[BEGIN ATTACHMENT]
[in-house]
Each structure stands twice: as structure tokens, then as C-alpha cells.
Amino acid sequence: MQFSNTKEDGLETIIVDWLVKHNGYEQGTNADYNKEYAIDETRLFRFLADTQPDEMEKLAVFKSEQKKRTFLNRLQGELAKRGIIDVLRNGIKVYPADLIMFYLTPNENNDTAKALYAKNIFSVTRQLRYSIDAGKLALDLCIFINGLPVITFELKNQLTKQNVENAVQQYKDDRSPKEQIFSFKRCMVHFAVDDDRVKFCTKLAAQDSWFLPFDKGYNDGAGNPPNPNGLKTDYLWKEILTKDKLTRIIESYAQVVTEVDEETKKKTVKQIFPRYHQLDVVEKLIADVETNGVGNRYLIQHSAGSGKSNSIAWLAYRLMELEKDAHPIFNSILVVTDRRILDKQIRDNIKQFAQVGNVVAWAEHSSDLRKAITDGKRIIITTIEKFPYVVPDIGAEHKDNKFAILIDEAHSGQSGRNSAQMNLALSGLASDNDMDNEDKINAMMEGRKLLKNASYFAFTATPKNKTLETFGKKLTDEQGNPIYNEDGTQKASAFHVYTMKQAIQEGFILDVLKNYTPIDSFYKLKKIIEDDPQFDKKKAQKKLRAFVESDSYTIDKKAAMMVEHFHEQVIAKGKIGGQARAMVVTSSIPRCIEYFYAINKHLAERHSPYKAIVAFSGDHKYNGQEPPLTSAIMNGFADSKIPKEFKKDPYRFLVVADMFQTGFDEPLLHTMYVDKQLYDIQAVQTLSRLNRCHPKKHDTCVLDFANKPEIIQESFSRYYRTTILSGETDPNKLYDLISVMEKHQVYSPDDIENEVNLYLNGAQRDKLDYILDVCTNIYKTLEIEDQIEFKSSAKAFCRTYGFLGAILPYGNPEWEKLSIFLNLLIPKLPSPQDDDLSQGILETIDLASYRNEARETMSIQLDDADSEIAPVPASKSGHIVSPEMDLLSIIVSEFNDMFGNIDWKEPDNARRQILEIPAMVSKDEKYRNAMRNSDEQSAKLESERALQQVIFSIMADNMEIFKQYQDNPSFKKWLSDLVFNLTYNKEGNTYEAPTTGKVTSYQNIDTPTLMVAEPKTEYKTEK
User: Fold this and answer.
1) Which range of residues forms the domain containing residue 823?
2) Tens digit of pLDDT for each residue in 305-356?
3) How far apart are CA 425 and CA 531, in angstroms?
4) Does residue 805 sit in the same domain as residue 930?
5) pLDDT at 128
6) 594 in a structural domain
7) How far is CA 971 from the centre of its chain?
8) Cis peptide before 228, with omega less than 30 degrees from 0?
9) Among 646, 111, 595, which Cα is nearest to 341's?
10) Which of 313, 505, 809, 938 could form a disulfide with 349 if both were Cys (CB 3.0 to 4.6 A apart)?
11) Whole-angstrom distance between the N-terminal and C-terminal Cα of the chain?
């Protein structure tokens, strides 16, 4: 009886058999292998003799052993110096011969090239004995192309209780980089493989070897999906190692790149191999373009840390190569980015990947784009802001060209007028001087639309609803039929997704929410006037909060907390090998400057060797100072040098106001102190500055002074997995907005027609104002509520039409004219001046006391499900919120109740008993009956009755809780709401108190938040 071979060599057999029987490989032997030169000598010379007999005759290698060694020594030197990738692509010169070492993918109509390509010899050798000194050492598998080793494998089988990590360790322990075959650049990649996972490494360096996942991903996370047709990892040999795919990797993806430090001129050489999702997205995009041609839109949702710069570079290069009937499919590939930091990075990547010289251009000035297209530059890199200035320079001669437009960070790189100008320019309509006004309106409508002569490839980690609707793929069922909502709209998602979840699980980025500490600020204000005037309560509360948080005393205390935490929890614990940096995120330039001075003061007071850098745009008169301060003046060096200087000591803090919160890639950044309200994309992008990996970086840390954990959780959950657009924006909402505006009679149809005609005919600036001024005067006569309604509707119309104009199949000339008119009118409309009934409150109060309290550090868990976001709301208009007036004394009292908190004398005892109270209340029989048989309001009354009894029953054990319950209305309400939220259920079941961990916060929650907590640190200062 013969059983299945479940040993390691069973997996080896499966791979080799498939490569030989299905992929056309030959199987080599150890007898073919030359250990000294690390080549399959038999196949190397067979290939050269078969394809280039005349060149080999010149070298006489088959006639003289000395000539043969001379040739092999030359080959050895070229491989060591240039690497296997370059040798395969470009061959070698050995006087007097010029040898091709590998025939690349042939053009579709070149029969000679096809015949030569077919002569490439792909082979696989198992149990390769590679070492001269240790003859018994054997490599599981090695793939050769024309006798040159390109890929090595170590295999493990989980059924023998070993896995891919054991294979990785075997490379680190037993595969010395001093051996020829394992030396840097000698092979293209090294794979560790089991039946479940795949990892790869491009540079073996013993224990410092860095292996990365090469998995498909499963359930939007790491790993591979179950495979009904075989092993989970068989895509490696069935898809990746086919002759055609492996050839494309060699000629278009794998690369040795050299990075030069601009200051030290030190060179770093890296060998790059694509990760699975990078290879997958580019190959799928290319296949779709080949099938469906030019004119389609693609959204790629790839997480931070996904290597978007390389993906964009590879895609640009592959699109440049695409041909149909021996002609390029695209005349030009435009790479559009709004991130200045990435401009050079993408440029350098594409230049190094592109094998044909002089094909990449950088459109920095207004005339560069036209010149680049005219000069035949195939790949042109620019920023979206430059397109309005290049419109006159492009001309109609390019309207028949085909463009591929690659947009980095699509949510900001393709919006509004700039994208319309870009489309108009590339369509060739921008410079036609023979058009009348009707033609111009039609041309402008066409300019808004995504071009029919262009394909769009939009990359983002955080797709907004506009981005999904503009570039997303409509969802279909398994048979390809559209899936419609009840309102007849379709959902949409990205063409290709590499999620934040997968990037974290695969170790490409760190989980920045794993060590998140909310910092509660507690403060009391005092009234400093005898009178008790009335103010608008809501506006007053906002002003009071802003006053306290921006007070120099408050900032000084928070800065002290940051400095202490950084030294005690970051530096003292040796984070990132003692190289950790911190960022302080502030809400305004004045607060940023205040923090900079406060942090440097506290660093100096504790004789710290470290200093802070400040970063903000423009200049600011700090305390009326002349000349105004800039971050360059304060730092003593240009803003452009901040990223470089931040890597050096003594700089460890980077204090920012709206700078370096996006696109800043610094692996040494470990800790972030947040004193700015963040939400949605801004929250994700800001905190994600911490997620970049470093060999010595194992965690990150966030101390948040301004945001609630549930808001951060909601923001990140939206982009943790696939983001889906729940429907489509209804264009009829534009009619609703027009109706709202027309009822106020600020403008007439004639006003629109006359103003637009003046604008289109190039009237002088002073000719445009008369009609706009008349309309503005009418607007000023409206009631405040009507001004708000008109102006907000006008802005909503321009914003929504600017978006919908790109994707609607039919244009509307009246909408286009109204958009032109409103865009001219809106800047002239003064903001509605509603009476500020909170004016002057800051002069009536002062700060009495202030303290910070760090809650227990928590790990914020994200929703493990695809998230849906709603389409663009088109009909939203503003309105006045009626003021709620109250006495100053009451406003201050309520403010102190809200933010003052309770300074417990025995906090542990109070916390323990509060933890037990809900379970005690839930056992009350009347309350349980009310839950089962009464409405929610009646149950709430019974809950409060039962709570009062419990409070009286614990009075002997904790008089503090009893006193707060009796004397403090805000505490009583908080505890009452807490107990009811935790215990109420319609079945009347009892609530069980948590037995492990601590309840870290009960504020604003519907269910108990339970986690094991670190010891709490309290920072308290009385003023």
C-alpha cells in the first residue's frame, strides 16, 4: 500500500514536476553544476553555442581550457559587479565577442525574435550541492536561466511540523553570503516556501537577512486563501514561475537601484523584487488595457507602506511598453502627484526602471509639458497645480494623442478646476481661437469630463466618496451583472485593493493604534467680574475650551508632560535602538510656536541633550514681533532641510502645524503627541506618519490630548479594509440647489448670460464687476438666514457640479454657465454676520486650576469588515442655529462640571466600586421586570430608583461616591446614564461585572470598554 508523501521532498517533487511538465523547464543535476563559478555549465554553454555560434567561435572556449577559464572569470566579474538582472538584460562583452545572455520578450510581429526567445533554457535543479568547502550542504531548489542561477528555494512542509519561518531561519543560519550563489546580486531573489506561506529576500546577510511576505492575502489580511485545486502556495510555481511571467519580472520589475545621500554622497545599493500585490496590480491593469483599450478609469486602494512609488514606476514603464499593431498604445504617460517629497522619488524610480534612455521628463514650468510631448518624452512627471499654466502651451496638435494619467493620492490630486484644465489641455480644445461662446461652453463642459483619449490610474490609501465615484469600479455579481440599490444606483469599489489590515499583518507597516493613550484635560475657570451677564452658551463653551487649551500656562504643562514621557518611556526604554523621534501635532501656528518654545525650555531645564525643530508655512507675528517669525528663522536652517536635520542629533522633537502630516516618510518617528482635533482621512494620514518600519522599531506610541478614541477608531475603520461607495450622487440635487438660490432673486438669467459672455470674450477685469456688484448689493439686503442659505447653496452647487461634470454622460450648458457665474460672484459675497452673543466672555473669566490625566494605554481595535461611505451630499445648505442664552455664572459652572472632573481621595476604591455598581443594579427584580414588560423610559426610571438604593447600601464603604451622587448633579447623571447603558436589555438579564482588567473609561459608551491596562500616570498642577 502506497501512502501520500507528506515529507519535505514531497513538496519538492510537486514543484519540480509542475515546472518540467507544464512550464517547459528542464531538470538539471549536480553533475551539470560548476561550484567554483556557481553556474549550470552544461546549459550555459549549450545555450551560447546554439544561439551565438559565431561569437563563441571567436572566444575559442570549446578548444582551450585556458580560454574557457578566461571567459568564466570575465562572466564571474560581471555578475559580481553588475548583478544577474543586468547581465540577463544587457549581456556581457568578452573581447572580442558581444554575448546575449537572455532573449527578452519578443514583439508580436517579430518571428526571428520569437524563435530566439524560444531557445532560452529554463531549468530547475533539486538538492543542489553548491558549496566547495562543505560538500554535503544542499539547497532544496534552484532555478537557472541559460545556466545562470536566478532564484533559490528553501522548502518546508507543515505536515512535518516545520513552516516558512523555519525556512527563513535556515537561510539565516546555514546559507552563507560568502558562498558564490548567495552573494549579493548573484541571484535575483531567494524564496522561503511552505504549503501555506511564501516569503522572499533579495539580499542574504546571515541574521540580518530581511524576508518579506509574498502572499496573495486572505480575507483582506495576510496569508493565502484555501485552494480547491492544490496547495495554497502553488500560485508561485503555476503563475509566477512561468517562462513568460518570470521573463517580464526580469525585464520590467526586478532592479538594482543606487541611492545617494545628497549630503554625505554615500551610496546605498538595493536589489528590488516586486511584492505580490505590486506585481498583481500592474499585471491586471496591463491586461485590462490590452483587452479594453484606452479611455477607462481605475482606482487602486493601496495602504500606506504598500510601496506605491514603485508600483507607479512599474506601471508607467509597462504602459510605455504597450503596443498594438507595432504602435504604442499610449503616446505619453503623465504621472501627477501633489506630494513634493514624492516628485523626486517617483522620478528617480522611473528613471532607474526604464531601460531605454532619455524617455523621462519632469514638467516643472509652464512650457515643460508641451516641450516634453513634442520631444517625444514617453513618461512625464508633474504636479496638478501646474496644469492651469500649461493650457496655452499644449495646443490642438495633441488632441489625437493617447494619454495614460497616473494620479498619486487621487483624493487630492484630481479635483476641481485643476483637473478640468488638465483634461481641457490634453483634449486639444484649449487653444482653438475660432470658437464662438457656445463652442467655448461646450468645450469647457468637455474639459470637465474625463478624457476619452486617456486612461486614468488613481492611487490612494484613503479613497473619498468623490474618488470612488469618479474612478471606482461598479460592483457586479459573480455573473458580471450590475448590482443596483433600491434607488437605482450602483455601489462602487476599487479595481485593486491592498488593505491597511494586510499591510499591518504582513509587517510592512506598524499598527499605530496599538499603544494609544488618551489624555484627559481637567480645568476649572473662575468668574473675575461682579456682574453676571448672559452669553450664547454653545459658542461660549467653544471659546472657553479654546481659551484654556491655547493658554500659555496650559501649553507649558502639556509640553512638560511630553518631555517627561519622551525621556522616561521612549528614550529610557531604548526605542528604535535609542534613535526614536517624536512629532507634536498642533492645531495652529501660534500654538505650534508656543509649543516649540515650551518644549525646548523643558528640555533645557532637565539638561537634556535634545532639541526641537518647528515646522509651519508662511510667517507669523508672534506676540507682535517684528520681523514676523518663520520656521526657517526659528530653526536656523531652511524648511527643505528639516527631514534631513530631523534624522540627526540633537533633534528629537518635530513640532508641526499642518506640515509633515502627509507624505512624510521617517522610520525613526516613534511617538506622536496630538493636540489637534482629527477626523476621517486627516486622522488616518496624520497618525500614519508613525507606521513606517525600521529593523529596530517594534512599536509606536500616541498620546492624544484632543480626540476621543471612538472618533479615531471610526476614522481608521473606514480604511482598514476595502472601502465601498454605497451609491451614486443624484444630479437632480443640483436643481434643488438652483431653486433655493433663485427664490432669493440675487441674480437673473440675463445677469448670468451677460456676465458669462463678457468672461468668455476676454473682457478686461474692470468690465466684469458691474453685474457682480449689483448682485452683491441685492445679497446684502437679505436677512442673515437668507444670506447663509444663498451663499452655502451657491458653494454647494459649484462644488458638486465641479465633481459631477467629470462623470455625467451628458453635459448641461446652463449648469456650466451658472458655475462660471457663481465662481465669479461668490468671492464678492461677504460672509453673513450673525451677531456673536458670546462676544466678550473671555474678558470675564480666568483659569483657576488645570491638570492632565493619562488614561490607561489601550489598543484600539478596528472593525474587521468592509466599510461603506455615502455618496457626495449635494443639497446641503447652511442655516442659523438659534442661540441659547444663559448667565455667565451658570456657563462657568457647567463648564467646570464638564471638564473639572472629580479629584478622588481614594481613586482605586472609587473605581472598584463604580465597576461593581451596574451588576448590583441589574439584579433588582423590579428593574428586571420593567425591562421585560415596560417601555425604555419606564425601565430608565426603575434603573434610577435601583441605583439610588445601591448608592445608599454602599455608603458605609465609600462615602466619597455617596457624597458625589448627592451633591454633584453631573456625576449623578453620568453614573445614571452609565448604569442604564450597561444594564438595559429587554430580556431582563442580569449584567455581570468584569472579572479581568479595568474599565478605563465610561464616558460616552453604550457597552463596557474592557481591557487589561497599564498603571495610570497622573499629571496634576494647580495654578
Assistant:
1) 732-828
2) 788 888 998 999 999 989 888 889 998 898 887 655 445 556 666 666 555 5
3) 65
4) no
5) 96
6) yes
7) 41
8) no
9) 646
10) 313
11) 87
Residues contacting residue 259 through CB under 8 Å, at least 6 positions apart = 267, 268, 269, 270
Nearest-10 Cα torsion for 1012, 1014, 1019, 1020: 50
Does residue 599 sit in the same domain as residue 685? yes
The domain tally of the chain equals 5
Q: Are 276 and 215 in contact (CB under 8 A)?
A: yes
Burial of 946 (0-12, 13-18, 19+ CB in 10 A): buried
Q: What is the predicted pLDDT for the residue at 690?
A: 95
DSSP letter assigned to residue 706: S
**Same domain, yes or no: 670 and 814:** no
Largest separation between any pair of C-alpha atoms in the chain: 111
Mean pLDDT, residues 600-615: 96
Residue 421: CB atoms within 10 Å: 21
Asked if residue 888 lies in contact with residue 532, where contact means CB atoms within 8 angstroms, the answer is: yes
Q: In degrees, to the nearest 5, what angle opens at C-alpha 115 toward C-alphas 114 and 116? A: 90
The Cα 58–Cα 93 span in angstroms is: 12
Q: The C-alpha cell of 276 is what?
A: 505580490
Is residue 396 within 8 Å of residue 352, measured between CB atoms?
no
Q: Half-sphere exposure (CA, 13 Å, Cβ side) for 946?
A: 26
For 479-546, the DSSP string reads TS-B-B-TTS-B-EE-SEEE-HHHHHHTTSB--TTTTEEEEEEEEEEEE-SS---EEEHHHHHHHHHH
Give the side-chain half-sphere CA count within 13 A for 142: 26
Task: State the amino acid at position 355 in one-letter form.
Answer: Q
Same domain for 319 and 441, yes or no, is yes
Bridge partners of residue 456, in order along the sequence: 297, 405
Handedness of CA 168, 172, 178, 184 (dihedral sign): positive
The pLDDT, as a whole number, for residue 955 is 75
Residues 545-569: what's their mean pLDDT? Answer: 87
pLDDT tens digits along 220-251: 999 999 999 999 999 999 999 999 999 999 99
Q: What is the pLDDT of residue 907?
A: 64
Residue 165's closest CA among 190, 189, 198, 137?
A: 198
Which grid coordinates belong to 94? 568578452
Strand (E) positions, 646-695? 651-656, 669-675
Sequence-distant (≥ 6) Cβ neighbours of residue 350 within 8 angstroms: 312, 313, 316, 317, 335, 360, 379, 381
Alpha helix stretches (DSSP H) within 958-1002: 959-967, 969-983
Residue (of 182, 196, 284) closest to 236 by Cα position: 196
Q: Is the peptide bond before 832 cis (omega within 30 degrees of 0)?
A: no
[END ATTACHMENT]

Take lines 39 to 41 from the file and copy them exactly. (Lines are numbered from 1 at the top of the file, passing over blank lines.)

DSSP letter assigned to residue 706: S
**Same domain, yes or no: 670 and 814:** no
Largest separation between any pair of C-alpha atoms in the chain: 111